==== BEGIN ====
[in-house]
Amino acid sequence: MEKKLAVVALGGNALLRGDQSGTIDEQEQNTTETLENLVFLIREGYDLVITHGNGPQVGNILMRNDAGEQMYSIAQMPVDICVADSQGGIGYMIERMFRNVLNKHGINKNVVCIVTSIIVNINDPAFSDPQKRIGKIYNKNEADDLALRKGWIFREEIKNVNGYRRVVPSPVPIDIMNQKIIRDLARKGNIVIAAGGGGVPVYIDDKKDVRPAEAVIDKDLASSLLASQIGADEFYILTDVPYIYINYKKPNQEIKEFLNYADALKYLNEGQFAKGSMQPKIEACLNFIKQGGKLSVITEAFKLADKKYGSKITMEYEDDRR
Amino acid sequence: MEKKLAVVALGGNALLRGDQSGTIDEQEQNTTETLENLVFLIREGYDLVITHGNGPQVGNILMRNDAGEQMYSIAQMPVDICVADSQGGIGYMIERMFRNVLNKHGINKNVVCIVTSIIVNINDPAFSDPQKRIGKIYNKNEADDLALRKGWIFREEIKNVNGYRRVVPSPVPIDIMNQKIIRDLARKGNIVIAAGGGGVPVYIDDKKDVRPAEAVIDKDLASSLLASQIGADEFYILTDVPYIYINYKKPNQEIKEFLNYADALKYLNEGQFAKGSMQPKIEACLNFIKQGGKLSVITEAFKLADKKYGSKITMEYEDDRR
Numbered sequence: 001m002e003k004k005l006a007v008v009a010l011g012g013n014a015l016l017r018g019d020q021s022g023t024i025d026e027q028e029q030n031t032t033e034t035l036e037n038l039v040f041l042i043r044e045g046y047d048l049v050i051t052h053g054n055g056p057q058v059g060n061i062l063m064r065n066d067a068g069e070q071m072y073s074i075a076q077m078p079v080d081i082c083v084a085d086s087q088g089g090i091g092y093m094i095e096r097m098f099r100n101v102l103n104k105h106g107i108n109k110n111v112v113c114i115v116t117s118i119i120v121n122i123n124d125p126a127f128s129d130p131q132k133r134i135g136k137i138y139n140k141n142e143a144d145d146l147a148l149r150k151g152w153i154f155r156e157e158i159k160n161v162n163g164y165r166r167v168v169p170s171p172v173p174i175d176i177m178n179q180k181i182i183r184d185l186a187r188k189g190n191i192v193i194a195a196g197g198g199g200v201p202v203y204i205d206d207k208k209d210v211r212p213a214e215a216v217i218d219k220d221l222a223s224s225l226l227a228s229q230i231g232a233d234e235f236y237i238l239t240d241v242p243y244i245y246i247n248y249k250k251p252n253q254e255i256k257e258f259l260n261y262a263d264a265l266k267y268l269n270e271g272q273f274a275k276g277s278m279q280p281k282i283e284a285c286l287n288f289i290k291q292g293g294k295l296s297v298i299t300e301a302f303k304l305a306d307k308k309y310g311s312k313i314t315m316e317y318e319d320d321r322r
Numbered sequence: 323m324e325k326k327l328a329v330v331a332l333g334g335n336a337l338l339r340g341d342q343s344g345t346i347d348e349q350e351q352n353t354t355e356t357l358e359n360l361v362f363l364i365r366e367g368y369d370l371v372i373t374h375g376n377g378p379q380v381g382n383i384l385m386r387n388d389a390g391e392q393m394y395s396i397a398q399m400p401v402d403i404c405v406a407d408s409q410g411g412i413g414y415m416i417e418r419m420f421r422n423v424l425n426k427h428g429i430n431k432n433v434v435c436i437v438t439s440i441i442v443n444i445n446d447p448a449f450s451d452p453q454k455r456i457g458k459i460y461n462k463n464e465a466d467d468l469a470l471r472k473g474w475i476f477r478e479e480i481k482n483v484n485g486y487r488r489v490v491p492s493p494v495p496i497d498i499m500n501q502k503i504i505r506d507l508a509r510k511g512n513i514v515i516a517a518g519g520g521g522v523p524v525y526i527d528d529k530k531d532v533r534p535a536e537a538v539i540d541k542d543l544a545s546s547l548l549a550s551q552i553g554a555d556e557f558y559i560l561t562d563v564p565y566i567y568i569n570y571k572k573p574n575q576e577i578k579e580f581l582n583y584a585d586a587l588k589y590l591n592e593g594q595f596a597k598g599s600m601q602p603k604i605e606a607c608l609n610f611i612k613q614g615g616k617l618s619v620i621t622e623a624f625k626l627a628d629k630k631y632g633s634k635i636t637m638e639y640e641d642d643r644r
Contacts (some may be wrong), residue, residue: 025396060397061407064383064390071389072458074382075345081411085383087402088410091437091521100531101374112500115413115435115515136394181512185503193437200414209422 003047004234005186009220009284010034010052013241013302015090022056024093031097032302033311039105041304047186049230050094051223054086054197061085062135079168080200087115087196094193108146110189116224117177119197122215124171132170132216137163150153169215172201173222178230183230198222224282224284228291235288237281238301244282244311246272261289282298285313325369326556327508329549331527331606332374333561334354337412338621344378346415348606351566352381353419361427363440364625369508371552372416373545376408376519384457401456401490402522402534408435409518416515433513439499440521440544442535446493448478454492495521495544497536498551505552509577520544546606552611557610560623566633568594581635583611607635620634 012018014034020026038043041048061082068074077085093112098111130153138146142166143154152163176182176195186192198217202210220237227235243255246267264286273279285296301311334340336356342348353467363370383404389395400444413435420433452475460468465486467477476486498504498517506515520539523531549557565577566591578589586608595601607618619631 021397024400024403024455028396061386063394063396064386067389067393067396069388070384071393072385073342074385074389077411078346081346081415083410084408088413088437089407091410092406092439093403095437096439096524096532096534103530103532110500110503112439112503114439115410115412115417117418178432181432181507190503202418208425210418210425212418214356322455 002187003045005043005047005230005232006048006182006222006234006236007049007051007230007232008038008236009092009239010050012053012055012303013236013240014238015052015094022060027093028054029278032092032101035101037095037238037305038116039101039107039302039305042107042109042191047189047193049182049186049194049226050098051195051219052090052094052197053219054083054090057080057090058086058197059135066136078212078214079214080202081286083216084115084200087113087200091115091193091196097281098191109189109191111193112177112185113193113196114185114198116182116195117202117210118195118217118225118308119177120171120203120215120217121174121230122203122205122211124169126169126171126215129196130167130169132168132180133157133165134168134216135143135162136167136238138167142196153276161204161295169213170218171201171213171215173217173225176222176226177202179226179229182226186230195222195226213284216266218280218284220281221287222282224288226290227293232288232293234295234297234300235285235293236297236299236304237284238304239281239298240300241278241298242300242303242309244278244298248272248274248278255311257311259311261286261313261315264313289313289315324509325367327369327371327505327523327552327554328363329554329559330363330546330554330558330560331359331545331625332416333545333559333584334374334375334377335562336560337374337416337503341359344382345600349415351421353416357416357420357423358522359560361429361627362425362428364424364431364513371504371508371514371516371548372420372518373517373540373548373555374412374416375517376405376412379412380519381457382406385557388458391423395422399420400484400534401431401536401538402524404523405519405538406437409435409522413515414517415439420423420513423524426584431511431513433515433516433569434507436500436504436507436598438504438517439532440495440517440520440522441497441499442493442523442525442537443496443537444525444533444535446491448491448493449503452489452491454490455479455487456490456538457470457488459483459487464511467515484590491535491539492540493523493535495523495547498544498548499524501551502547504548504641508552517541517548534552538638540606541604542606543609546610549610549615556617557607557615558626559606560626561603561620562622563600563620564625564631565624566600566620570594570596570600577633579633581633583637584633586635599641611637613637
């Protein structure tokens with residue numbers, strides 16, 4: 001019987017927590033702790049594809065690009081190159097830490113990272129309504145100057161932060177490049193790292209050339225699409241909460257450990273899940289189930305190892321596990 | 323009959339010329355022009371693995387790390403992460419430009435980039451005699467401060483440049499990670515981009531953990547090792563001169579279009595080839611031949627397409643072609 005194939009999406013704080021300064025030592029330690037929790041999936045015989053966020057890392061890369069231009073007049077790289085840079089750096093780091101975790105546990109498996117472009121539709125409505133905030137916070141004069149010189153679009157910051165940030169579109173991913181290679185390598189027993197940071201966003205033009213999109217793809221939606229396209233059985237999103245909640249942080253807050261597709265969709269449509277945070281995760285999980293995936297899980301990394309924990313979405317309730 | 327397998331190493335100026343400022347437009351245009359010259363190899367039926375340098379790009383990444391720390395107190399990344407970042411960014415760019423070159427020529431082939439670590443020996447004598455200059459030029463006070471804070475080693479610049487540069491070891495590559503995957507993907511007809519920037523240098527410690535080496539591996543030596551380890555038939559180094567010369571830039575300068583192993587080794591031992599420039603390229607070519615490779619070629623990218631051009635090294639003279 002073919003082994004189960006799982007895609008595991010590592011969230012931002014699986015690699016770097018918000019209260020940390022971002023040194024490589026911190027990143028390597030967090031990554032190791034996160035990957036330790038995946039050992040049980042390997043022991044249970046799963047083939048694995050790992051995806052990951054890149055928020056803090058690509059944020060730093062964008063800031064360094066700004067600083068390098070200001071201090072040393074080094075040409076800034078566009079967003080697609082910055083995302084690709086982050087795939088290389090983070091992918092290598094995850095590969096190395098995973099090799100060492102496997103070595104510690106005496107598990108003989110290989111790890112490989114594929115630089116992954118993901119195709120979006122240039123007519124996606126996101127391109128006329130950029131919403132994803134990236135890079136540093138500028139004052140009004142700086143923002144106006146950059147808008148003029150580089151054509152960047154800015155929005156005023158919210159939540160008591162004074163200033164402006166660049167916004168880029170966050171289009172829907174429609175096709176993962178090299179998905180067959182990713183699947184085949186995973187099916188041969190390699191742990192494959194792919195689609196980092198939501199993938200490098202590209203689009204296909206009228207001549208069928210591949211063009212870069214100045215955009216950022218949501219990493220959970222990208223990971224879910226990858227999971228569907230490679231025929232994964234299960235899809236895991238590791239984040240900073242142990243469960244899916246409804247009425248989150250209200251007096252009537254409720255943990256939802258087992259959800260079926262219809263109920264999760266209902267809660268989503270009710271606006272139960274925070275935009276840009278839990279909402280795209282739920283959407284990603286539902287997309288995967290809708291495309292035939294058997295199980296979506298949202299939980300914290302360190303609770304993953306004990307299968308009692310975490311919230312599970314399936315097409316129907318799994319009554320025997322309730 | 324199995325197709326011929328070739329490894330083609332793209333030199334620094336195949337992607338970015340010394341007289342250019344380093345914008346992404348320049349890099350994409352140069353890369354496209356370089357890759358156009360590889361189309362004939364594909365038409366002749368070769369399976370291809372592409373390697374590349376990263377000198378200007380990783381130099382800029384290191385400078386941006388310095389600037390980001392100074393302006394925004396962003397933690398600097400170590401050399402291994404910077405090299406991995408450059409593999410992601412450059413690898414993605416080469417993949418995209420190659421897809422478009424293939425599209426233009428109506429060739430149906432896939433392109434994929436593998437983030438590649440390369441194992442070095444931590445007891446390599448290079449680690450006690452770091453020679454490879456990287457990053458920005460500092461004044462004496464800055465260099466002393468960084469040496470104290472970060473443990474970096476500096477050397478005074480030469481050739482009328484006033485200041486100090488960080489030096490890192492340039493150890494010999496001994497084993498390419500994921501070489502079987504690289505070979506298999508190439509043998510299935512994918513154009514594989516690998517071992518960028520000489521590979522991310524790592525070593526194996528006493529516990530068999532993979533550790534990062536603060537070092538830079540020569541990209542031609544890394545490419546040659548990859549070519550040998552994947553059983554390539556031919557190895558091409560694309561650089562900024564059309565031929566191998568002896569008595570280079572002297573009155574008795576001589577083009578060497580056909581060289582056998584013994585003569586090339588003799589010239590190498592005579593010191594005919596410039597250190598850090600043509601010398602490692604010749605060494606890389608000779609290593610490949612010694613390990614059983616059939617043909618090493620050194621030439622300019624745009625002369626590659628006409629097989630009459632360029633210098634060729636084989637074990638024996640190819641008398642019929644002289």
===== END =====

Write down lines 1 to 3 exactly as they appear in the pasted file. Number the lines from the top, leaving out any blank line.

[in-house]
Amino acid sequence: MEKKLAVVALGGNALLRGDQSGTIDEQEQNTTETLENLVFLIREGYDLVITHGNGPQVGNILMRNDAGEQMYSIAQMPVDICVADSQGGIGYMIERMFRNVLNKHGINKNVVCIVTSIIVNINDPAFSDPQKRIGKIYNKNEADDLALRKGWIFREEIKNVNGYRRVVPSPVPIDIMNQKIIRDLARKGNIVIAAGGGGVPVYIDDKKDVRPAEAVIDKDLASSLLASQIGADEFYILTDVPYIYINYKKPNQEIKEFLNYADALKYLNEGQFAKGSMQPKIEACLNFIKQGGKLSVITEAFKLADKKYGSKITMEYEDDRR
Amino acid sequence: MEKKLAVVALGGNALLRGDQSGTIDEQEQNTTETLENLVFLIREGYDLVITHGNGPQVGNILMRNDAGEQMYSIAQMPVDICVADSQGGIGYMIERMFRNVLNKHGINKNVVCIVTSIIVNINDPAFSDPQKRIGKIYNKNEADDLALRKGWIFREEIKNVNGYRRVVPSPVPIDIMNQKIIRDLARKGNIVIAAGGGGVPVYIDDKKDVRPAEAVIDKDLASSLLASQIGADEFYILTDVPYIYINYKKPNQEIKEFLNYADALKYLNEGQFAKGSMQPKIEACLNFIKQGGKLSVITEAFKLADKKYGSKITMEYEDDRR